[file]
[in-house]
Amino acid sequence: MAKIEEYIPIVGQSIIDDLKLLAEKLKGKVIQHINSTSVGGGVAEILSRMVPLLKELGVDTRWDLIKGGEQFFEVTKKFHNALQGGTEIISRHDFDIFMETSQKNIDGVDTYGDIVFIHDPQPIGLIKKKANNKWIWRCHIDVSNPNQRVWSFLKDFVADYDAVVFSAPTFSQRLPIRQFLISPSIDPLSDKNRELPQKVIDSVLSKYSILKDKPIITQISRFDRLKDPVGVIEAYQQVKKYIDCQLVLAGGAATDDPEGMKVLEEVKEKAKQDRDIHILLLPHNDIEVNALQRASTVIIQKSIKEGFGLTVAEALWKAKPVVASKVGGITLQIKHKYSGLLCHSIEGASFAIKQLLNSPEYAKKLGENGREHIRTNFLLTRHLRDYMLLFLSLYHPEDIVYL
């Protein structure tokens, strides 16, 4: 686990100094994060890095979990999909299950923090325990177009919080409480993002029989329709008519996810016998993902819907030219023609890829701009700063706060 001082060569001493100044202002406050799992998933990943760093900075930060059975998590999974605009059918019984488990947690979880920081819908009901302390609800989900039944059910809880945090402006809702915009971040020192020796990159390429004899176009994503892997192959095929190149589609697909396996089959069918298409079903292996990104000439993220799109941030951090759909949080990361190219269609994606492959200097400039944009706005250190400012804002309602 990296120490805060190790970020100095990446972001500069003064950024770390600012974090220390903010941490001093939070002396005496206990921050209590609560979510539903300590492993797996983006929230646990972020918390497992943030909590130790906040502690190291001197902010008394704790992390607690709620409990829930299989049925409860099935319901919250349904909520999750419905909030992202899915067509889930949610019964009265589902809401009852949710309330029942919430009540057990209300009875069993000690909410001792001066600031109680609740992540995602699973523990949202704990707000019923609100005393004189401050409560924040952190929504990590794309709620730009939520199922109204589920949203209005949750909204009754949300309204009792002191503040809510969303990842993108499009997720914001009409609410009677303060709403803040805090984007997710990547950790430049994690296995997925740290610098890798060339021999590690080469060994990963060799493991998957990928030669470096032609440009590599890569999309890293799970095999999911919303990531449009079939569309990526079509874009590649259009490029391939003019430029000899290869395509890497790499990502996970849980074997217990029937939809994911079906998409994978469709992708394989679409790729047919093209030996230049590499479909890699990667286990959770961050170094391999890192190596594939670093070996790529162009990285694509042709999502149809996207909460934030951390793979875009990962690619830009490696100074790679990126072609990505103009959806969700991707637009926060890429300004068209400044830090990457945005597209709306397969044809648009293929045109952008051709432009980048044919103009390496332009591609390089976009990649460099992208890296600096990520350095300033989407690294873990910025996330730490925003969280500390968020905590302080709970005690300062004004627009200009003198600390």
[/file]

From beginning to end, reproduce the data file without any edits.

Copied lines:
[in-house]
Amino acid sequence: MAKIEEYIPIVGQSIIDDLKLLAEKLKGKVIQHINSTSVGGGVAEILSRMVPLLKELGVDTRWDLIKGGEQFFEVTKKFHNALQGGTEIISRHDFDIFMETSQKNIDGVDTYGDIVFIHDPQPIGLIKKKANNKWIWRCHIDVSNPNQRVWSFLKDFVADYDAVVFSAPTFSQRLPIRQFLISPSIDPLSDKNRELPQKVIDSVLSKYSILKDKPIITQISRFDRLKDPVGVIEAYQQVKKYIDCQLVLAGGAATDDPEGMKVLEEVKEKAKQDRDIHILLLPHNDIEVNALQRASTVIIQKSIKEGFGLTVAEALWKAKPVVASKVGGITLQIKHKYSGLLCHSIEGASFAIKQLLNSPEYAKKLGENGREHIRTNFLLTRHLRDYMLLFLSLYHPEDIVYL
């Protein structure tokens, strides 16, 4: 686990100094994060890095979990999909299950923090325990177009919080409480993002029989329709008519996810016998993902819907030219023609890829701009700063706060 001082060569001493100044202002406050799992998933990943760093900075930060059975998590999974605009059918019984488990947690979880920081819908009901302390609800989900039944059910809880945090402006809702915009971040020192020796990159390429004899176009994503892997192959095929190149589609697909396996089959069918298409079903292996990104000439993220799109941030951090759909949080990361190219269609994606492959200097400039944009706005250190400012804002309602 990296120490805060190790970020100095990446972001500069003064950024770390600012974090220390903010941490001093939070002396005496206990921050209590609560979510539903300590492993797996983006929230646990972020918390497992943030909590130790906040502690190291001197902010008394704790992390607690709620409990829930299989049925409860099935319901919250349904909520999750419905909030992202899915067509889930949610019964009265589902809401009852949710309330029942919430009540057990209300009875069993000690909410001792001066600031109680609740992540995602699973523990949202704990707000019923609100005393004189401050409560924040952190929504990590794309709620730009939520199922109204589920949203209005949750909204009754949300309204009792002191503040809510969303990842993108499009997720914001009409609410009677303060709403803040805090984007997710990547950790430049994690296995997925740290610098890798060339021999590690080469060994990963060799493991998957990928030669470096032609440009590599890569999309890293799970095999999911919303990531449009079939569309990526079509874009590649259009490029391939003019430029000899290869395509890497790499990502996970849980074997217990029937939809994911079906998409994978469709992708394989679409790729047919093209030996230049590499479909890699990667286990959770961050170094391999890192190596594939670093070996790529162009990285694509042709999502149809996207909460934030951390793979875009990962690619830009490696100074790679990126072609990505103009959806969700991707637009926060890429300004068209400044830090990457945005597209709306397969044809648009293929045109952008051709432009980048044919103009390496332009591609390089976009990649460099992208890296600096990520350095300033989407690294873990910025996330730490925003969280500390968020905590302080709970005690300062004004627009200009003198600390």